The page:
For a link to this story, click here. 

The Synthetic Revolution in Biology

Oct. 18, 2013

By Medical Discovery News

Synthetic biology sounds like an oxymoron. One word means artificial while the other means natural. Put together, what those two words really mean is a combination of biology and engineering that will allow scientists to harness biological processes for human use. Imagine genetic engineering and biotechnology on steroids.

In short, synthetic biology aims to manipulate cells or their components to achieve a certain result, such as advancing human health, producing energy, manufacturing products, producing food, or protecting the environment. There are plenty of applications for synthetic biology in many important fields. Scientists want to create cells with new and unique properties that are programmed to fulfill a directed purpose. For example, these engineered cells might be programmed to synthesize new biofuels.

One practical example of the promise of synthetic biology is directed at malaria, a disease caused by a single-celled parasite called Plasmodium that has been killing humans throughout our recorded history. Today, it infects 250 million people worldwide each year and is the No. 1 killer of children under five.

Malaria is currently treated by a group of drugs that are derived from artemisinin, such as artseunate, artemether, and dihydroartemisinin. Artemisinin is a compound from the sweet wormwood plant, which was used as a natural remedy for centuries in China. The downside is that this plant must grow for up to 1.5 years before it can be harvested for drug production. Of course, the normal variables of agriculture – rain, sunlight, soil content, labor – also mean that the supply of sweet wormwood fluctuates. Combined with the expensive manufacturing process, the result is that not everyone who is infected with malaria can be treated.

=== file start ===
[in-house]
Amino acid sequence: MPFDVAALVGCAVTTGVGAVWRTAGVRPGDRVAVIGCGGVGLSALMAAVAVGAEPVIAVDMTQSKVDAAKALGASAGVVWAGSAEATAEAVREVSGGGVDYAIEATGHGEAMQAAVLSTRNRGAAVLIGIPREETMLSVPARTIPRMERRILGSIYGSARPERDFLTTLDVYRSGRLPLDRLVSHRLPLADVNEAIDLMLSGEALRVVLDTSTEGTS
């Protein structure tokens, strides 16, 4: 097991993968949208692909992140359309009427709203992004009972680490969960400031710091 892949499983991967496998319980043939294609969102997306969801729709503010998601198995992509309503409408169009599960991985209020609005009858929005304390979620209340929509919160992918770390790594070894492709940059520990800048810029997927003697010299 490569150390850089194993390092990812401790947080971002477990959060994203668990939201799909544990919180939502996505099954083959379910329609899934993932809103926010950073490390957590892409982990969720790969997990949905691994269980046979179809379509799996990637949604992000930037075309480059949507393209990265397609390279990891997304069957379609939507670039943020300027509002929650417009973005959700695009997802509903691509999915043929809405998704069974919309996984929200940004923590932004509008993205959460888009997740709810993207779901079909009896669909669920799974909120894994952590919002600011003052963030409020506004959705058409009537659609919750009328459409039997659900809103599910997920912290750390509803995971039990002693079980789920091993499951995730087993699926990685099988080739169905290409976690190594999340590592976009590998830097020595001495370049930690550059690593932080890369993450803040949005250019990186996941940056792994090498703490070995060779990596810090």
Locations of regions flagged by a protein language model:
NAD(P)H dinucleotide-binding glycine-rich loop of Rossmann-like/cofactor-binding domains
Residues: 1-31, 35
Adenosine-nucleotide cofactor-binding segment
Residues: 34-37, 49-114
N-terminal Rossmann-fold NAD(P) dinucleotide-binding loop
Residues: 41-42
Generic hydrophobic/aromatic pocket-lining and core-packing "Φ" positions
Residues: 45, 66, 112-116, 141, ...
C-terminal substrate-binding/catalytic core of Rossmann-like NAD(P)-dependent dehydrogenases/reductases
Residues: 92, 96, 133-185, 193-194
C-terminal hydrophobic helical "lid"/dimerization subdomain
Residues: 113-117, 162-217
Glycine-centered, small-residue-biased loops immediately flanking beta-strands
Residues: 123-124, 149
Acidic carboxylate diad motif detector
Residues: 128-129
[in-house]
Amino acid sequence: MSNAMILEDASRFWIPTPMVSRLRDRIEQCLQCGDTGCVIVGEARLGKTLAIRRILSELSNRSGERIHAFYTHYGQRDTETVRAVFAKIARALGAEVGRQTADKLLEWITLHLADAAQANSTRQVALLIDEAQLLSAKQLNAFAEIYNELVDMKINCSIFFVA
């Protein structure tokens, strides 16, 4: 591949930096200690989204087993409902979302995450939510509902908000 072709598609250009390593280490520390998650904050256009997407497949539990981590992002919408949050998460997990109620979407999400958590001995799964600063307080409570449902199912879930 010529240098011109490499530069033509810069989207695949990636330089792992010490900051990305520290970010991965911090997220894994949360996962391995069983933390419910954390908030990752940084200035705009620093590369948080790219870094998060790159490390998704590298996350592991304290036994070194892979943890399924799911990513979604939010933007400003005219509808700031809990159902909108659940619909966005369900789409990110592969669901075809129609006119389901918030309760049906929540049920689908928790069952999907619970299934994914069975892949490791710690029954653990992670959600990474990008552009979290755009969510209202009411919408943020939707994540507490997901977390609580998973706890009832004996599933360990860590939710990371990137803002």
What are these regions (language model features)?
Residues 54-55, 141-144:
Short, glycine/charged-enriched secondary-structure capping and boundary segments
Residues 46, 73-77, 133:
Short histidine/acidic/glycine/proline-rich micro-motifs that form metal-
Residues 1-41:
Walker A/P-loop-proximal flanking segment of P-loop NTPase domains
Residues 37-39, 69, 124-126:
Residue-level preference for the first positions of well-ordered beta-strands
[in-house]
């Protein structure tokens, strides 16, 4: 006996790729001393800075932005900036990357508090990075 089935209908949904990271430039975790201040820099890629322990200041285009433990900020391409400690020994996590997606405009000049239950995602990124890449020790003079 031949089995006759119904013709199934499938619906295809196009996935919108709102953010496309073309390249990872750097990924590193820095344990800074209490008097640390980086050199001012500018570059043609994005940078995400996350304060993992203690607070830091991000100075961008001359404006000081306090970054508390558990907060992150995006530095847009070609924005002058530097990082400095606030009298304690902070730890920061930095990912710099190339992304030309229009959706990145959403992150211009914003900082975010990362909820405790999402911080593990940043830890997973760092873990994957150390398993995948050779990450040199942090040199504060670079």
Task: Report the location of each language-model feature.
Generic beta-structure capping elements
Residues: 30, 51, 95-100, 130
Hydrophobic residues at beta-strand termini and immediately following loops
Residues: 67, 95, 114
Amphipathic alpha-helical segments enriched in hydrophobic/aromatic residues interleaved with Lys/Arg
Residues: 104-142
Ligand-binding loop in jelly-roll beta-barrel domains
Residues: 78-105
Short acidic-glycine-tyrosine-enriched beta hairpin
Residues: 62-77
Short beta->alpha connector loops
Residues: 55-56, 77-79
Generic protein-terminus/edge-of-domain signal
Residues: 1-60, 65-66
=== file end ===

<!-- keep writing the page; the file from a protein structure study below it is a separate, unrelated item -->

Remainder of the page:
Synthetic biology has the power to change that. Recently, the World Health Organization gave pharmaceutical giant Sanofi approval to produce artemisinin using a genetically modified form of a yeast called Saccharomyces cervesiae. Several genes are inserted into the yeast’s genome to alter its metabolic pathways to produce a precursor to artemisinin. This has turned a simple organism into a “one-cell factory” for a new source of artemisinin.

Now, it will only take three months to produce artemisinin for antimalarial drugs. It will also insure a steady supply and greatly increases the amount that can be produced at one time. About 25 tons were produced in 2013 and that is expected to double next year. And if that weren’t good enough already, each dose of the yeast-produced artemisinin will only cost 25 cents.

Critics of synthetic biology fear a Frankensteinian world of potentially dangerous biological creations. In that regard, the United States government is drafting guidelines and regulations for this new field. With proper care and funding, synthetic biology will yield many new advances to improve lives as it reaches it potential in the future.